Dannevirke-based vet Simon Marshall, who also the National Spokesman for Wormwise, (New Zealand’s internal parasite management strategy, funded by Beef + Lamb New Zealand) says farmers need to be aware of this emerging issue and while there are plenty of farms where one or more drenches are still effective, farm management strategies need to be implemented to protect long-term drench efficacy.
He defines triple drench resistance as being when a previous susceptible population of parasites can no longer be killed with the same chemical-or in other words, they have developed the ability to withstand that chemical.
Triple combination drenches – which include all three drench families – were released in 2004 and initially proved very effective.
But vets and farmers are now seeing parasites that can withstand all three chemicals and in some cases, this is forcing farmers to completely change their farm systems.
Simon says while using triple-active drenches is a great idea, if the use of these is not coupled with farm management practices that help control internal parasites, then it puts the business at risk of significant productivity and profitability losses.
One of the first steps farmers should take in understanding and managing the internal parasite status on their farm is to establish the efficacy of their drenches with a Faecal Egg Count Reduction Test (FECRT).
Simon recommends doing one of these tests every two to three years in early summer, when most internal parasites are present. If a problem is found, this test may need to be carried out more frequently.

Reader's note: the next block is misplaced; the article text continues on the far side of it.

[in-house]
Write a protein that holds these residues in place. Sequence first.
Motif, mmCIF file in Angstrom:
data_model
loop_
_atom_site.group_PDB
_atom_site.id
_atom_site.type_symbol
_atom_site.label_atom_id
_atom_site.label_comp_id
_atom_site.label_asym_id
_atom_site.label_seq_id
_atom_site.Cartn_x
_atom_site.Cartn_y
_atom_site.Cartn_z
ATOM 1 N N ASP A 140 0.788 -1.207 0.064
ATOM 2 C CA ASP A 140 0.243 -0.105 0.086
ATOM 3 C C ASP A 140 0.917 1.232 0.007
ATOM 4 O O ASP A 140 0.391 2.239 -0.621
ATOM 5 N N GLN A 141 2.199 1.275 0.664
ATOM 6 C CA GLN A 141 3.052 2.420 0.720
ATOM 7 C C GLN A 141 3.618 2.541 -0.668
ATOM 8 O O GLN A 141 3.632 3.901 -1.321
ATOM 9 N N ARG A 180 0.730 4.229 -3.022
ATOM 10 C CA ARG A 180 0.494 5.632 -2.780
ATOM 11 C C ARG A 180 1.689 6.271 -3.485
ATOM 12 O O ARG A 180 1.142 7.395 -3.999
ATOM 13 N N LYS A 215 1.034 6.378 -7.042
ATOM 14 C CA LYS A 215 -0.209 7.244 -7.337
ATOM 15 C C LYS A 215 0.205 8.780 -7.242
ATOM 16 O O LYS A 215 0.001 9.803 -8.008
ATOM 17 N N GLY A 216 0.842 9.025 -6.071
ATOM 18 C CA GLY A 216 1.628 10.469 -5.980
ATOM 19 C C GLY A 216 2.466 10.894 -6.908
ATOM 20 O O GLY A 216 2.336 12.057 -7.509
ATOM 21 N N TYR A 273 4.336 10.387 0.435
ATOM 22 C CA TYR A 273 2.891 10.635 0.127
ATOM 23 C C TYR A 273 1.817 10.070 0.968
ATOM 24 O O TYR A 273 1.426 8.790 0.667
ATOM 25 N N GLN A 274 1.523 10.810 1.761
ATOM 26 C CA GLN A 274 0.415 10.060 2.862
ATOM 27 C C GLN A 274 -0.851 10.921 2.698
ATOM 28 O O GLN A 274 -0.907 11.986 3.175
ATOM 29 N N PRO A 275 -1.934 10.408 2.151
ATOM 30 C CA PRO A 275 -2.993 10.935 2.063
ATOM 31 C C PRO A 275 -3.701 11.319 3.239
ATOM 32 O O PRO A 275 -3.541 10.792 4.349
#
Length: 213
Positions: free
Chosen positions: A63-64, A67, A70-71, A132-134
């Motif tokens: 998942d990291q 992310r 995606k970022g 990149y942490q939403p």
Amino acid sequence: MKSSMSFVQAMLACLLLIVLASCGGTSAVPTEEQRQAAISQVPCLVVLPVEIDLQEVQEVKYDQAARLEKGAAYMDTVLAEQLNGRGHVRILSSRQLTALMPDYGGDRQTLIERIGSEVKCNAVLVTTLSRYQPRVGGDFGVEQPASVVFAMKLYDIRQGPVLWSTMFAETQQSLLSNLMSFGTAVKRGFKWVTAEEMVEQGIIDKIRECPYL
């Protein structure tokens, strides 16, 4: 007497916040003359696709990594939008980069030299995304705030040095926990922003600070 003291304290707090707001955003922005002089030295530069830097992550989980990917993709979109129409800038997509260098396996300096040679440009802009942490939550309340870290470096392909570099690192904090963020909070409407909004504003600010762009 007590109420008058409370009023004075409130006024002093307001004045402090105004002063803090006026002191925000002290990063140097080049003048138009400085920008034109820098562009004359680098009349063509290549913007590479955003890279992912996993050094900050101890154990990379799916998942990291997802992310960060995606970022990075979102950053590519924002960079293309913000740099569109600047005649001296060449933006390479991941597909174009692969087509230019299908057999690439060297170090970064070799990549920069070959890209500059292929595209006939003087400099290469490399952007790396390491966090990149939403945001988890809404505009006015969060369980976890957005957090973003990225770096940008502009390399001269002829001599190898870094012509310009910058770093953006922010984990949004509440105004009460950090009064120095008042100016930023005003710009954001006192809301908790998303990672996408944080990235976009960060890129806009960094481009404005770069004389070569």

“Some farmers are doing it annually which is a big outlay, but it is recommended otherwise they could be using drenches that are ineffective.”
He admits Faecal Egg Reduction Reduction Tests are a blunt tool, but they show farmers that any changes they have made around their drench use and management have had an effect.
Faecal Egg Counts can be used strategically to determine worm burdens in individual stock classes such as two-tooths before mating or hoggets over winter.
Even mixed-age ewes can be tested at times of stress such as pre-lamb.
A simple Drench Check – where a FEC is carried out seven to 14 days after drenching – can also give farmers a clue to the efficacy of their drenches. For farmers finishing lambs, doing this test at the start of the season (spring, early summer) will give them an idea of what drench family they should be using that year.
A larval culture will give farmers an insight into what species of internal parasite they are dealing with on their farm.
“Regular monitoring will help farmers understand the efficacy of their drench programme.”
Simon says all of these tests should be carried out in conjunction with a vet or animal health provider who is able to interrupt the results and advise on any changes in management practices.
Every time farmers use drench, they risk developing resistant worm populations. But taking a whole system approach to the management and control of internal parasites will ideally reduce input costs and allow farmers to use drenches in a more useful and targeted way.
“Taking a whole system approach doesn’t happen overnight and it requires constant monitoring and measuring and potentially making changes along the way.”
In the light of the emergence of triple-drench resistance, Simon recommends all livestock farmers attend a Wormwise workshop or work alongside their vets or animal health professionals to develop a plan to manage internal parasites and retain the efficacy of their drench programme.
Find out more
B+LNZ runs Wormwise workshops. Please contact your local B+LNZ Extension Manager to request a workshop in your area.